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Walking the Walk

An overview of the truly moving stories of people who've walked across the country

JOURNEYMAN: George Martin, former NFL playerSTARTING POINT: George Washington Bridge in New York CityENDING POINT: North Embarcadero Park in San DiegoSPECS: 3,003 miles over the course of eight monthsYEAR: 2007–2008AGE AT TIME OF JOURNEY: 55REASON FOR TRIP: Raised $2 million to benefit 9/11 responders, "the Heroes of Ground Zero."IN HIS OWN WORDS: "There are thousands of true national heroes of 9/11 who are now suffering medically, and I believe we owe them our support for helping our nation survive and heal after such a horrific tragedy."MORE INFO

JOURNEYMEN: Some 800 Native Americans calling themselves The Longest Walk 2STARTING POINT: Alcatraz Island, San FranciscoENDING POINT: Steps of the Capitol, Washington, D.C.SPECS: Two different routes, one northern, one southern, totaling 8,200 miles over 175 daysYEAR: 2008AGE AT TIME OF JOURNEY: VariableREASON FOR TRIP: Thirtieth anniversary of the 1978 Longest Walk; to promote the message "All life is Sacred; protect Mother Earth," the group picked up trash and recyclables along the way and delivered a "Manifesto for Change" to representatives at the Capitol.IN THEIR OWN WORDS: "As indigenous peoples, we face a common threat … extermination through corporatization. We need to coordinate our struggles, and we need to maintain our tribal sovereignty."-Michael Lane (who participated in both the 1978 and 2008 walks)MORE INFO
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\nJOURNEYMAN: Rick HammersleySTARTING POINT: Waters of Bodega Bay, north of San FranciscoENDING POINT: Waters of Coney Island, New York CitySPECS: 3,206 miles over 216 days (and $100.95 in change found along the way)YEAR: 2008AGE AT TIME OF JOURNEY: 60REASON FOR TRIP: Five years after beating colon cancer, he walked to raise money ($12,000) for cancer research.IN HIS OWN WORDS: "I know now from my prior experience with cancer, and from the daily drudgery of a seven months' walk, that there isn't a whole lot you can throw at me that I haven't already experienced. But I found out a long time ago you need something to strive for-a goal, if you want to call it that-to just keep you going."ANOTHER WALK: At the end of his journey, his cancer came back, but he hopes to beat it, after which he'll complete a second trans-America walk-this time from the border of North Dakota and Manitoba, Canada, to the southern border of Texas and Mexico, following Route 281. If he does it, his halfway point, in the Nebraska area, will be the same as on his first trek.MORE INFO \n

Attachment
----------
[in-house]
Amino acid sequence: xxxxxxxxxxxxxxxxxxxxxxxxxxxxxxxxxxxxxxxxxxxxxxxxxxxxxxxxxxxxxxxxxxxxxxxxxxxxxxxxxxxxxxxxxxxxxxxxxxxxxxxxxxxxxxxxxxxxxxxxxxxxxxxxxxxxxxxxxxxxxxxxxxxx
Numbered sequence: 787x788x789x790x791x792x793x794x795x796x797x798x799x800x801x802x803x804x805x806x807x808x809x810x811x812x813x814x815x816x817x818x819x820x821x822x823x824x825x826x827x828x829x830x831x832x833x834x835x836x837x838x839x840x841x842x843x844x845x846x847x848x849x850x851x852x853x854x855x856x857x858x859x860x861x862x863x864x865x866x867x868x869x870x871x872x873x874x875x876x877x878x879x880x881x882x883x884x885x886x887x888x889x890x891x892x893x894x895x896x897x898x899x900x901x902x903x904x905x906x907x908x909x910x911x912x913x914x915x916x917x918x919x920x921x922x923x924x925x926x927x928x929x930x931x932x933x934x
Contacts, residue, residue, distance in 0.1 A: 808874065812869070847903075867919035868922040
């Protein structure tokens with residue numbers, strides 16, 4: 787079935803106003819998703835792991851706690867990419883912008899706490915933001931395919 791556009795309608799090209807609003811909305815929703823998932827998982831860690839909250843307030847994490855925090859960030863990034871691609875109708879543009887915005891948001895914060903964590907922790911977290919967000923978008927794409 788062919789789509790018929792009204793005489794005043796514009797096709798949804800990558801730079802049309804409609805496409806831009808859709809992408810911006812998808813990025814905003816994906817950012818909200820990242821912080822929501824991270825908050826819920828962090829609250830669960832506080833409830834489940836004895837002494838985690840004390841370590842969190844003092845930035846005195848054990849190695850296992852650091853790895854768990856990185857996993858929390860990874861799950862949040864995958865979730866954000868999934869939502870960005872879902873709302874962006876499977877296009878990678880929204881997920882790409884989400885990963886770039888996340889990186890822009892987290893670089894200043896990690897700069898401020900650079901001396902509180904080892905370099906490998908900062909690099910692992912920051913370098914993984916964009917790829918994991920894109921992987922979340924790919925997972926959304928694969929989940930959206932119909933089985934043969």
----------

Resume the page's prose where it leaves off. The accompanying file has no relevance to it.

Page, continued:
\nJOURNEYMAN: Hakim MaloumSTARTING POINT: Union Square, New York CityENDING POINT: Venice Beach Boardwalk, Los AngelesSPECS: 3,300 miles (and about 70 lost pounds) over five and a half months with only a backpack and $217 to his nameYEAR: 2008AGE AT TIME OF JOURNEY: 31REASON FOR TRIP: To prove that nothing is impossibleIN HIS OWN WORDS:
\nJOURNEYWOMAN: Doris "Granny D" Haddock:Starting Point: Los AngelesEnding Point: Washington, D.C.Specs: 3,200 miles over 14 months during which, according to her website, "She trekked through over 1,000 miles of desert, climbed the Appalachian Range in blizzard conditions, and even skied 100 miles after a historic snowfall made roadside walking impossible."Year: 1999–2000Age at time of journey: 89–90Reason for trip: To call attention to the need for campaign-finance reform and to support what became the McCain-Feingold Act.Fun facts: In 2003, she began a 22,000-mile drive around the country in an effort to register women and minorities to vote.An HBO documentary, Run Granny Run, depicts her 2004 campaign for Senate in New Hampshire, during which she garnered 34 percent of the vote in an effort to, as she puts it, "raise a little hell."MORE INFO

Interesting fact: The shortest coast-to-coast distance in the continental United States is 2,089 miles, on a line stretching between a point near Brunswick, Georgia to a few miles south of San Diego.


UPDATE: We've received some very sad news. On April 20, at 10:50 a.m., Rick Hammersley passed away. We at GOOD would like to extend our heartfelt condolences to his family and friends. You can find information about his memorial and his heroic fight against cancer here. May he rest in peace.


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